Articles Comments

Dickinson to Durban » Climate Change, Environmental Politics » The hidden discussion – Technology Transfer: Is it necessary?

The hidden discussion – Technology Transfer: Is it necessary?

By Emily Bowie ’14

Article 4, paragraph 5 under the Convention states that:

“The developed country Parties and other developed Parties included in Annex II shall take all practicable steps to promote, facilitate and finance, as appropriate, the transfer of, or access to, environmentally sound technologies and know-how to other Parties, particularly developing country Parties, to enable them to implement the provisions of the Convention.”

At the 7th Conference of the Parties in 2001 a framework for this provision was constructed in the Marrakesh Accords, an expert group on technology transfer was nominated, and the need for financial support was addressed. A BusinessDay article written a few days ago highlights the fact that “transfer discussions are taking place behind closed doors” these two weeks in Durban. In fact, until I conducted research after an interview I had no idea technology transfer was being discussed at all. Last year in Cancun the Technology Executive Committee was established at the policy arm of the UN’s technology Mechanism. Here in Durban they are discussing whether or not the Committee should “provide strategic guidance” to the UN’s Climate Technology Centre (CTC). Hopes for the next 24 hours are that a structure, or architecture, for the Technology Mechanism is created and that a framework for the CTC is drawn up and evaluated.

The idea of North (developed countries) to South (developing countries) technology transfer is attractive because generally welfare gains by the South in this structure far outweigh the welfare losses of the North. However, after an interview I had this morning with Isaac Kabongo of Climate Action Network Uganda I learned that this whole process may not be the best way to go about providing green technology for developing countries. Kabongo stated that in fact “North to South technology transfer is very complicated, in many cases very unrealistic.” He explained to me that there is an issue in getting access; developed countries have “very well streamlined legal system(s) in protecting technologies” because technologies are developed by the private sector and not the government, making it difficult for governments to quickly and easily distribute them. He also illustrated that there is an issue in implementation; the South does not possess the same skills to operate and maintain these technologies as the North does, making implementing technologies costly.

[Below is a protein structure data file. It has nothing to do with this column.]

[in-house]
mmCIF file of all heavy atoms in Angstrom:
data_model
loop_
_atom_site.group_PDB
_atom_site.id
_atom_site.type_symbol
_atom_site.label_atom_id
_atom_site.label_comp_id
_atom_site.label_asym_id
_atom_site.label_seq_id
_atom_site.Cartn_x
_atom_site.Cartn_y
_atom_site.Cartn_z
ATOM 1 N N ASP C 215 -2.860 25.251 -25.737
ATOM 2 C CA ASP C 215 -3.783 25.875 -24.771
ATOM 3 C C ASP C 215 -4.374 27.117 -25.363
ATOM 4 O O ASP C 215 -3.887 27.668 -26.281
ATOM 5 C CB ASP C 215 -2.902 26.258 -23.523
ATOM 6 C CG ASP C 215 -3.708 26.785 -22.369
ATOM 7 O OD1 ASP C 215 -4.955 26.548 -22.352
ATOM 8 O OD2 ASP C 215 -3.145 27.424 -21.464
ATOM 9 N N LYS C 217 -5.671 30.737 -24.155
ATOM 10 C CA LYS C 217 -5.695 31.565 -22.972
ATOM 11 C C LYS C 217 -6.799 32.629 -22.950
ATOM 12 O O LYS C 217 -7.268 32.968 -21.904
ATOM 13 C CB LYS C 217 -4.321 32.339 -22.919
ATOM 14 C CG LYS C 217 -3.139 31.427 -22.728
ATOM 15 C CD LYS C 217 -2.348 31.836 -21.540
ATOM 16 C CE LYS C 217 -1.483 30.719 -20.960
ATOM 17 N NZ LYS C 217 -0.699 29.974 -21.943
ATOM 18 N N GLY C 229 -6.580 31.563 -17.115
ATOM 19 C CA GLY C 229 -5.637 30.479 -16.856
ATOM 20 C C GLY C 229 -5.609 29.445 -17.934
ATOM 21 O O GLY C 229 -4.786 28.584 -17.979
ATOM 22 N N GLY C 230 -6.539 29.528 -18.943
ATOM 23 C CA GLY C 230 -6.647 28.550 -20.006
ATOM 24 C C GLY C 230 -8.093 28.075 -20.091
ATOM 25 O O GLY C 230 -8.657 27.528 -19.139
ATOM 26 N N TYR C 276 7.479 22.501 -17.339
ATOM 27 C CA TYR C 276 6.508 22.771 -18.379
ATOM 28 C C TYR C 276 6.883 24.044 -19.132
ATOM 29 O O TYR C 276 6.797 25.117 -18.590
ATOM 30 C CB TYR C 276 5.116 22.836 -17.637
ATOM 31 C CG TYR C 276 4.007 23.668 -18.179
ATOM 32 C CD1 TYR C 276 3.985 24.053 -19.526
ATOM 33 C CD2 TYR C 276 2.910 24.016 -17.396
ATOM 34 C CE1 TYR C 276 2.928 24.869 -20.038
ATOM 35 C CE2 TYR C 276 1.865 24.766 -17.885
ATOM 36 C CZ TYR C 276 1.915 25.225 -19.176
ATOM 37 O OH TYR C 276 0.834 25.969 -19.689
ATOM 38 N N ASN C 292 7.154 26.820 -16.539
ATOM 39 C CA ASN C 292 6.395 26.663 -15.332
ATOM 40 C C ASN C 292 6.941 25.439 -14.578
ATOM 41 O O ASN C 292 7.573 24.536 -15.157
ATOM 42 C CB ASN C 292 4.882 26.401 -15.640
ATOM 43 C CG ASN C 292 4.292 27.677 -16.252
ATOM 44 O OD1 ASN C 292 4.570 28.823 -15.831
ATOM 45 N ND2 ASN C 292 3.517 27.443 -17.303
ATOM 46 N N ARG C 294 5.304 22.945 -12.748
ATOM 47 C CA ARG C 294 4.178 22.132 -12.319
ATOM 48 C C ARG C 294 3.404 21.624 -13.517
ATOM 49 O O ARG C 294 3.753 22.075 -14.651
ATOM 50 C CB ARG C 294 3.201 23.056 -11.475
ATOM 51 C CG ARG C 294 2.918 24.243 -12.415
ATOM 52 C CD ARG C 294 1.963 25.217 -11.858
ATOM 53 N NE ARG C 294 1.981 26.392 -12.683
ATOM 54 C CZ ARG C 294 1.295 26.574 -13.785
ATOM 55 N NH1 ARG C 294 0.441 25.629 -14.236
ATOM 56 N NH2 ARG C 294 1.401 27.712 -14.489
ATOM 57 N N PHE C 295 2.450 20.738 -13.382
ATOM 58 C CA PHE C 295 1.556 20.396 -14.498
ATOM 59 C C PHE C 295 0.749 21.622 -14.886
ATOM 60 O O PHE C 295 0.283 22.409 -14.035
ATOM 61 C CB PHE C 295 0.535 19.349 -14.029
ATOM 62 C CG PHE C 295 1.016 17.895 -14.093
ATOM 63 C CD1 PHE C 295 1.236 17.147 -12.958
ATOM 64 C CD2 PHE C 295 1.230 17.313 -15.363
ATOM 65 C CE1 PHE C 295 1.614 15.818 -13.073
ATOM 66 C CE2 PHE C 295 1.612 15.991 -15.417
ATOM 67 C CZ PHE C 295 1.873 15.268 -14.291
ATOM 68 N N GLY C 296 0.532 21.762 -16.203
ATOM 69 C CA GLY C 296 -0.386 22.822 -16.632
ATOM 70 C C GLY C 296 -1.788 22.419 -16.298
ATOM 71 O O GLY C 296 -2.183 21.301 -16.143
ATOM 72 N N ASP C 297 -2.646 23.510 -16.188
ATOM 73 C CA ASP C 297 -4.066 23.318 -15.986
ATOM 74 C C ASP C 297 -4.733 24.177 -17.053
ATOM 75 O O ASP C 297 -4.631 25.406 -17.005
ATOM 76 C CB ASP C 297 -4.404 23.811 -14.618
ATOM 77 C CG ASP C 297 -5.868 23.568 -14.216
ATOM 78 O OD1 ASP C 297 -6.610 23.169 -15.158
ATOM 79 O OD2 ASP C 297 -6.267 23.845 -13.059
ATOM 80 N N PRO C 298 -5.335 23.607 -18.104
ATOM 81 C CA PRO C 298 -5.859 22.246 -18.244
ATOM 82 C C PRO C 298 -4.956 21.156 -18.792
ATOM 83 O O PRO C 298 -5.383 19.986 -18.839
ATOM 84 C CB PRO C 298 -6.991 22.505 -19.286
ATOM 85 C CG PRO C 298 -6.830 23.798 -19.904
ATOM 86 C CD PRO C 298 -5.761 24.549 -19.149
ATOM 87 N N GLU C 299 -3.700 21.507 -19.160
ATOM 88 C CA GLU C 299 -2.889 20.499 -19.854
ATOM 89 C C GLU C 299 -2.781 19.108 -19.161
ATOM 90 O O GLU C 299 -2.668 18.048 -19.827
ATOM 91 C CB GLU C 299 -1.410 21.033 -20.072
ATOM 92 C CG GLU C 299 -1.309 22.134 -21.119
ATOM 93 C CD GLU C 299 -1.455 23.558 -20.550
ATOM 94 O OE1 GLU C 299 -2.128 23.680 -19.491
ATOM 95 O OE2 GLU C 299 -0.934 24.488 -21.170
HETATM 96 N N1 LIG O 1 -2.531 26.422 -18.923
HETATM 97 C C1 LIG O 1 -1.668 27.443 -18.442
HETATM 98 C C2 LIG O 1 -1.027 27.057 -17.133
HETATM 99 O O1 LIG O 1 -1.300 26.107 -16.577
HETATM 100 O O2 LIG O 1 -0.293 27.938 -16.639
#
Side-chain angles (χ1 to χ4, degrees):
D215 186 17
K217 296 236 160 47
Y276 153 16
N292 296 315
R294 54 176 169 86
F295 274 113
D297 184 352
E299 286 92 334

Kabongo, instead, called for an increase in South to South technology transfer. Barriers of ownership, patents and intellectual rights are significantly decrease when this happens and according to Kabongo, “Technology transfer from South to South is more viable [because] we are living in more or less the same challenges… so technologies that can be used in the area are very much confronting the same challenges… most of them are appropriate, cost effective… and they do not require high levels of skills to operate.”

So I wonder if it would have been more beneficial at this COP and may be more beneficial for future COPs to focus on increasing the capacity of countries in the South to develop their own technologies. Once countries in the South create their own technologies it will be much easier and cost effective to distribute and share them at a South to South level rather than involving the complications attached to integrating the North.

Written by

Filed under: Climate Change, Environmental Politics · Tags: , , , , , ,

One Response to "The hidden discussion – Technology Transfer: Is it necessary?"

  1. Esther Babson says:

    Your post was really interesting Emily. The difficulty of north to south technology transfer isn’t something I would ever have thought of but it makes complete sense. At the same time it makes me wonder where in the south the technology would come from initially? Hopefully in the future we’ll see a country in the south start to step up!

Leave a Reply